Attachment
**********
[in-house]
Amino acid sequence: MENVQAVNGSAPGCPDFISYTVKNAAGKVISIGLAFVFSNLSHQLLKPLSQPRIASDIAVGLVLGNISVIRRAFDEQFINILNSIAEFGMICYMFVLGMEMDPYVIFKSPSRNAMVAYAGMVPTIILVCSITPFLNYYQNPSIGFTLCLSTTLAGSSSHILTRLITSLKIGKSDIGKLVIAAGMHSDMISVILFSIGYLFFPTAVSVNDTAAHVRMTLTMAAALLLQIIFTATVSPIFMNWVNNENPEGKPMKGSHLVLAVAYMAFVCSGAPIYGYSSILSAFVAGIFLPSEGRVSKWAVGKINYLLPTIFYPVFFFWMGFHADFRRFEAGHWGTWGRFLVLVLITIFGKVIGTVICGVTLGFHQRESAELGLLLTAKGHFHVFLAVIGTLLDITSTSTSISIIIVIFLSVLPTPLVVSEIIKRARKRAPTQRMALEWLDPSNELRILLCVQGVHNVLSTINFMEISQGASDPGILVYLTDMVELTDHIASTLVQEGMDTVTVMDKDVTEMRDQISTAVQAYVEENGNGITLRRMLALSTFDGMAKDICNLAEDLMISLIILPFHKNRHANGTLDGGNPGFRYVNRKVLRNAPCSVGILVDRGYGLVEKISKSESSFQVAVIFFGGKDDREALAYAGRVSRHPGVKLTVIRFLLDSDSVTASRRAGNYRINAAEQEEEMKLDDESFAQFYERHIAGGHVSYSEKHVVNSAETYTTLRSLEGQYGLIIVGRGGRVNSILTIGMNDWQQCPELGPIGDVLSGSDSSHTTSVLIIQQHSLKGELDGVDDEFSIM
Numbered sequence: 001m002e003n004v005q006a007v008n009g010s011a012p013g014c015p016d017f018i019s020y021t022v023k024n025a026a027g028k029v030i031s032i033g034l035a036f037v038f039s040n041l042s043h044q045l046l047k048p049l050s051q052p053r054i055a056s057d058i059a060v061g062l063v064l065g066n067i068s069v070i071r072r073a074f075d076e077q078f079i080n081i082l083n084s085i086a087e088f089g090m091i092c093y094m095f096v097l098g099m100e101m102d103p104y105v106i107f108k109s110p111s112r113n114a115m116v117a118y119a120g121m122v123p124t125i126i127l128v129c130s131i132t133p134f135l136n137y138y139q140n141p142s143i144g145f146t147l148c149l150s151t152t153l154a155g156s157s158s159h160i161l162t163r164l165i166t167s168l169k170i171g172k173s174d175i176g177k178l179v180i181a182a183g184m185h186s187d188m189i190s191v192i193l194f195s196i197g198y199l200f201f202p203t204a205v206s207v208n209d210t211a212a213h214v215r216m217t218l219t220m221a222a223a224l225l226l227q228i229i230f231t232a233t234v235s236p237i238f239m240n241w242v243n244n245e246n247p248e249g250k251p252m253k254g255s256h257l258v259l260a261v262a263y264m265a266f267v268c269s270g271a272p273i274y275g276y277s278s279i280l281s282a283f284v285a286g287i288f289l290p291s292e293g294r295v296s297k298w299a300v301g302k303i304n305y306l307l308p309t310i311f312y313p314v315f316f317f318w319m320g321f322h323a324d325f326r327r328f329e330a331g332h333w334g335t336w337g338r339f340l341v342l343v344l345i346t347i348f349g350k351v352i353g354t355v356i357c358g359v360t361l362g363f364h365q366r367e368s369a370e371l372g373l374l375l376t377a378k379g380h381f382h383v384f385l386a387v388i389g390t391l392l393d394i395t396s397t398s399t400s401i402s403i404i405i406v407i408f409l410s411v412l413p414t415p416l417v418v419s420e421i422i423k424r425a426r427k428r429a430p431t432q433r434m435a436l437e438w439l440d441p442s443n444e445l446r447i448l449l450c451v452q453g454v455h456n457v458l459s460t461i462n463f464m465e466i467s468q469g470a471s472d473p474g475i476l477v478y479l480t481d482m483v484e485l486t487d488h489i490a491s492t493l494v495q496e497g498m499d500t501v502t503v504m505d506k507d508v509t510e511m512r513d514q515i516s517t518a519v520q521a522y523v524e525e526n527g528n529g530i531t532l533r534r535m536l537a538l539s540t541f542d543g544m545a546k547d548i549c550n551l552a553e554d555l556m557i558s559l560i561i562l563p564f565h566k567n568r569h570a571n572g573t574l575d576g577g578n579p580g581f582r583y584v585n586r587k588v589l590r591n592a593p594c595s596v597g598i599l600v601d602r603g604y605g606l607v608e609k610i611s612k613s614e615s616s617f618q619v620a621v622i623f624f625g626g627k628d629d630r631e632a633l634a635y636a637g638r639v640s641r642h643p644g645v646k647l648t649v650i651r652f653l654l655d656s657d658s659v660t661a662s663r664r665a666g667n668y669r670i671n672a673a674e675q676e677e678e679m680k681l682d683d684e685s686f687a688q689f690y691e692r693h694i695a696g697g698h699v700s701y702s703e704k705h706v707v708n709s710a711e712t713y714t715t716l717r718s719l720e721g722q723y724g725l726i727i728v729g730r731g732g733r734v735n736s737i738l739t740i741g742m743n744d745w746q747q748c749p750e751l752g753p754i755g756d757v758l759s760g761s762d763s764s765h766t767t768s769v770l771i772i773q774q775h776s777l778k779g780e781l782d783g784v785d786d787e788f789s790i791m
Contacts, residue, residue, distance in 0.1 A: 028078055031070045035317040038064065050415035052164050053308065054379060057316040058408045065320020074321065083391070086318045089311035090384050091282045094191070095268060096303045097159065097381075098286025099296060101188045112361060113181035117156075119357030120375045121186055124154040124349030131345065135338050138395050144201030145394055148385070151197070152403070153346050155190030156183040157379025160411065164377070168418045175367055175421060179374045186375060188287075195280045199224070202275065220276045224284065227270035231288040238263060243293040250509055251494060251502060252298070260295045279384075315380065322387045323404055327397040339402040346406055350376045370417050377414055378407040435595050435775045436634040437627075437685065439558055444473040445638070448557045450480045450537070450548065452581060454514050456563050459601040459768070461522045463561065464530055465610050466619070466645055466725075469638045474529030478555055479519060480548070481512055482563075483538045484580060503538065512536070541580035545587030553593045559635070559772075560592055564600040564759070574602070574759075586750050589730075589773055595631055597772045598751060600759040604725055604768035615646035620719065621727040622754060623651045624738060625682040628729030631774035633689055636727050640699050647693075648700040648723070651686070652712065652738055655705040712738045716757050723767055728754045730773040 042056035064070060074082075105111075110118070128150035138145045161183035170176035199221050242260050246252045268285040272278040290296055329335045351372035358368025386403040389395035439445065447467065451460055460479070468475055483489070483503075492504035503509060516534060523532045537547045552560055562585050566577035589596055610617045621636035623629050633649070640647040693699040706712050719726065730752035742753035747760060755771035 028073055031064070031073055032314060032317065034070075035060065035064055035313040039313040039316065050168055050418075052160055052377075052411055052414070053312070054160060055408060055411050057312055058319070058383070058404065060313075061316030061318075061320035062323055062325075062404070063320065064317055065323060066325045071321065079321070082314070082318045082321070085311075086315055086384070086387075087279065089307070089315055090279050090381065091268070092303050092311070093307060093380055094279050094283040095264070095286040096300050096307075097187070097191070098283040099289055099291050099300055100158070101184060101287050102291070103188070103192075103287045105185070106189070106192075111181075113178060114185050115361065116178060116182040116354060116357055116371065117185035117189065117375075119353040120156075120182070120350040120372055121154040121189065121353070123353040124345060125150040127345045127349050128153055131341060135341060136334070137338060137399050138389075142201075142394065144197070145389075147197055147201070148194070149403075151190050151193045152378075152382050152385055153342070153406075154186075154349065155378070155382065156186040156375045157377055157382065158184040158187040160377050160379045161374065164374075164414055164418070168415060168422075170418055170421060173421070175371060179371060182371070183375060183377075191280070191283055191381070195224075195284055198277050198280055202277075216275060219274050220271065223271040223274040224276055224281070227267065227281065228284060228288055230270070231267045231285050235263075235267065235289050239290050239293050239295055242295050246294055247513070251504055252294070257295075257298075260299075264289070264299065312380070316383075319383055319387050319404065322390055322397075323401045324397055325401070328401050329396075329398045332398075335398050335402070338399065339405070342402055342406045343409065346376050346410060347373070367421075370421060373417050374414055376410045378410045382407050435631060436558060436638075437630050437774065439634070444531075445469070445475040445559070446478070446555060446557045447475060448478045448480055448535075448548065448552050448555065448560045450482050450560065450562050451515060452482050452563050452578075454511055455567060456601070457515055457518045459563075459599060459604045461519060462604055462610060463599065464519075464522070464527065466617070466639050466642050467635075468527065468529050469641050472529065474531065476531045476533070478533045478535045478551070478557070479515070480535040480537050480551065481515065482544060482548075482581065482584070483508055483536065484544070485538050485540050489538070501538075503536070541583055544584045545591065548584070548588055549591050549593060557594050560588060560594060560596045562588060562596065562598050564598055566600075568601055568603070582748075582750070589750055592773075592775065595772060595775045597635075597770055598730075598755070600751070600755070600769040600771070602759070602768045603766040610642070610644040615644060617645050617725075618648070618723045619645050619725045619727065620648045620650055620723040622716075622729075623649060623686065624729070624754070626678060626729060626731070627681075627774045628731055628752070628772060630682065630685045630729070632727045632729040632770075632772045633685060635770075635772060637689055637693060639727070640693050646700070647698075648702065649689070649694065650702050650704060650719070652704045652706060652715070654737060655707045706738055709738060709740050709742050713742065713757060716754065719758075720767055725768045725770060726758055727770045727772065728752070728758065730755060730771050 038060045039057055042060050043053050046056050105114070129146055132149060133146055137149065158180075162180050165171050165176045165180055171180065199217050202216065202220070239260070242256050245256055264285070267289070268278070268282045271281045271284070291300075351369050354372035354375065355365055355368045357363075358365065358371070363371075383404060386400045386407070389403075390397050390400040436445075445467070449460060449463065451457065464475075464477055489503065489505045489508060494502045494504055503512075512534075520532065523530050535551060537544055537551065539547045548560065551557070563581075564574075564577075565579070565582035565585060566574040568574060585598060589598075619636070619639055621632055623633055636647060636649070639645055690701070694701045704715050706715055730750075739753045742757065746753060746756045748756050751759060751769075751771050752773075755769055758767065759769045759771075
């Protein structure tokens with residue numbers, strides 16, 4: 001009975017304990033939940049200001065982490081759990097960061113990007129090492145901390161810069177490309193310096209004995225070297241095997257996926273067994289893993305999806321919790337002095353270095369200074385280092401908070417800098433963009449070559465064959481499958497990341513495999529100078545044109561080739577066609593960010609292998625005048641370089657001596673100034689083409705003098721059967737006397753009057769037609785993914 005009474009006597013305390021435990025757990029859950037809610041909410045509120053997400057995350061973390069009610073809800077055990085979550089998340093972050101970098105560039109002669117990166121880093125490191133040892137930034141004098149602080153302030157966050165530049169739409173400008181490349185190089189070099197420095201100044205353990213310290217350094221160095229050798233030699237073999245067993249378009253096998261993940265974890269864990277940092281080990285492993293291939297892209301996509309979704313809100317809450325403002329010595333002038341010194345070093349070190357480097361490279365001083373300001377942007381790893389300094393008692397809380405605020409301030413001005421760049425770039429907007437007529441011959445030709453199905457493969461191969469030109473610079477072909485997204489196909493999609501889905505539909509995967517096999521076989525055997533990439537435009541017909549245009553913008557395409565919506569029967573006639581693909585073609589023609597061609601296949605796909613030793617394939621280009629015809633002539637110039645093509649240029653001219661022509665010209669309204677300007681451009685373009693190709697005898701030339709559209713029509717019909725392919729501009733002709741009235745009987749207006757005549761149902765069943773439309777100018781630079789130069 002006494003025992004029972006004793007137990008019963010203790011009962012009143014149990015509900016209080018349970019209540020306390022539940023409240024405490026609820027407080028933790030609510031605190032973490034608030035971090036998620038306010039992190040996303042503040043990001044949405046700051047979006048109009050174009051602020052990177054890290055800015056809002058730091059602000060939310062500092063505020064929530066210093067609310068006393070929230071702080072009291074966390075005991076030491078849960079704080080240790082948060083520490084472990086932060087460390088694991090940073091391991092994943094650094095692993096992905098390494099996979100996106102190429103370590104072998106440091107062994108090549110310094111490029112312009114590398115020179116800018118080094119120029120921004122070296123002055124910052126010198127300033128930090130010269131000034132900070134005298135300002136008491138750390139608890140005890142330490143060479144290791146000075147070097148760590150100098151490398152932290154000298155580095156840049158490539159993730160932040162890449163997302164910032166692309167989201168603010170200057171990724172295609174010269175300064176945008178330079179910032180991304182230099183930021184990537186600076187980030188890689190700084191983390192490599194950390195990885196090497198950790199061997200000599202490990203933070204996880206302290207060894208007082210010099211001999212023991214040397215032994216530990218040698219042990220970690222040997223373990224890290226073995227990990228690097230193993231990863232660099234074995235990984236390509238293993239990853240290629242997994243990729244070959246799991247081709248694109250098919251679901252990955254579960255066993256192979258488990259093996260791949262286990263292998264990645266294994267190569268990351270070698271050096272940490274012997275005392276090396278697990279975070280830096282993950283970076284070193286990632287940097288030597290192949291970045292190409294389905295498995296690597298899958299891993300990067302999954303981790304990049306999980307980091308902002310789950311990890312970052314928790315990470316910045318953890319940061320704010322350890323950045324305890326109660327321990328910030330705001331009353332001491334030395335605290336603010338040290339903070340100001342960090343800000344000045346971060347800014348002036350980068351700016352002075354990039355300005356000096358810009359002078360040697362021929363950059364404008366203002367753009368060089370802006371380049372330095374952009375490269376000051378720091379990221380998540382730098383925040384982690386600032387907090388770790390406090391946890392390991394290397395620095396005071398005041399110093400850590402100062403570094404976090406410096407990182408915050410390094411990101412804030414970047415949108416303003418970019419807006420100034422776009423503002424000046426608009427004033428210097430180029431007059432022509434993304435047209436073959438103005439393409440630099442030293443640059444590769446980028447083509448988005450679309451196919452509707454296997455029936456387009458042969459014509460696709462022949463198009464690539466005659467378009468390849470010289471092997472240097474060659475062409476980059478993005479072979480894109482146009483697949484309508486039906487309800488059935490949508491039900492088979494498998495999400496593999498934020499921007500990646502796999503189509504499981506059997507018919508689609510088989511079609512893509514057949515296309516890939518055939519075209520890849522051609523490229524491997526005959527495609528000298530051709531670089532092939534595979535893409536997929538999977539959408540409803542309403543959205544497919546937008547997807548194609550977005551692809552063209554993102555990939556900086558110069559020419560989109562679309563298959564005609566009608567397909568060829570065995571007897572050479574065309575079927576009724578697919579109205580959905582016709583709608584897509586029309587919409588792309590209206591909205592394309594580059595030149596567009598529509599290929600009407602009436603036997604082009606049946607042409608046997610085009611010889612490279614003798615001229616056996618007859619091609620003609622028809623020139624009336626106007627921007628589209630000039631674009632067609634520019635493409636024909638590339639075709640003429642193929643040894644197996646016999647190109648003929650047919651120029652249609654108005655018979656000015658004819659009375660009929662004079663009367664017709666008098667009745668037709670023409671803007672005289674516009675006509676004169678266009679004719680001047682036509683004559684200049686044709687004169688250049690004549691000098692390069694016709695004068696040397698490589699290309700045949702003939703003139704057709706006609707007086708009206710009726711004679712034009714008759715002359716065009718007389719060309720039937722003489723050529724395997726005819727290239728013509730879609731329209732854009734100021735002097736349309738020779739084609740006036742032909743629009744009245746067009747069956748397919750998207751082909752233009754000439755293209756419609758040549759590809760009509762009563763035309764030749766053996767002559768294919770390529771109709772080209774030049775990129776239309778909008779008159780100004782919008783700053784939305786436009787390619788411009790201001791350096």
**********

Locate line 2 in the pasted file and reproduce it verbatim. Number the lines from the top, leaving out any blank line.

Amino acid sequence: MENVQAVNGSAPGCPDFISYTVKNAAGKVISIGLAFVFSNLSHQLLKPLSQPRIASDIAVGLVLGNISVIRRAFDEQFINILNSIAEFGMICYMFVLGMEMDPYVIFKSPSRNAMVAYAGMVPTIILVCSITPFLNYYQNPSIGFTLCLSTTLAGSSSHILTRLITSLKIGKSDIGKLVIAAGMHSDMISVILFSIGYLFFPTAVSVNDTAAHVRMTLTMAAALLLQIIFTATVSPIFMNWVNNENPEGKPMKGSHLVLAVAYMAFVCSGAPIYGYSSILSAFVAGIFLPSEGRVSKWAVGKINYLLPTIFYPVFFFWMGFHADFRRFEAGHWGTWGRFLVLVLITIFGKVIGTVICGVTLGFHQRESAELGLLLTAKGHFHVFLAVIGTLLDITSTSTSISIIIVIFLSVLPTPLVVSEIIKRARKRAPTQRMALEWLDPSNELRILLCVQGVHNVLSTINFMEISQGASDPGILVYLTDMVELTDHIASTLVQEGMDTVTVMDKDVTEMRDQISTAVQAYVEENGNGITLRRMLALSTFDGMAKDICNLAEDLMISLIILPFHKNRHANGTLDGGNPGFRYVNRKVLRNAPCSVGILVDRGYGLVEKISKSESSFQVAVIFFGGKDDREALAYAGRVSRHPGVKLTVIRFLLDSDSVTASRRAGNYRINAAEQEEEMKLDDESFAQFYERHIAGGHVSYSEKHVVNSAETYTTLRSLEGQYGLIIVGRGGRVNSILTIGMNDWQQCPELGPIGDVLSGSDSSHTTSVLIIQQHSLKGELDGVDDEFSIM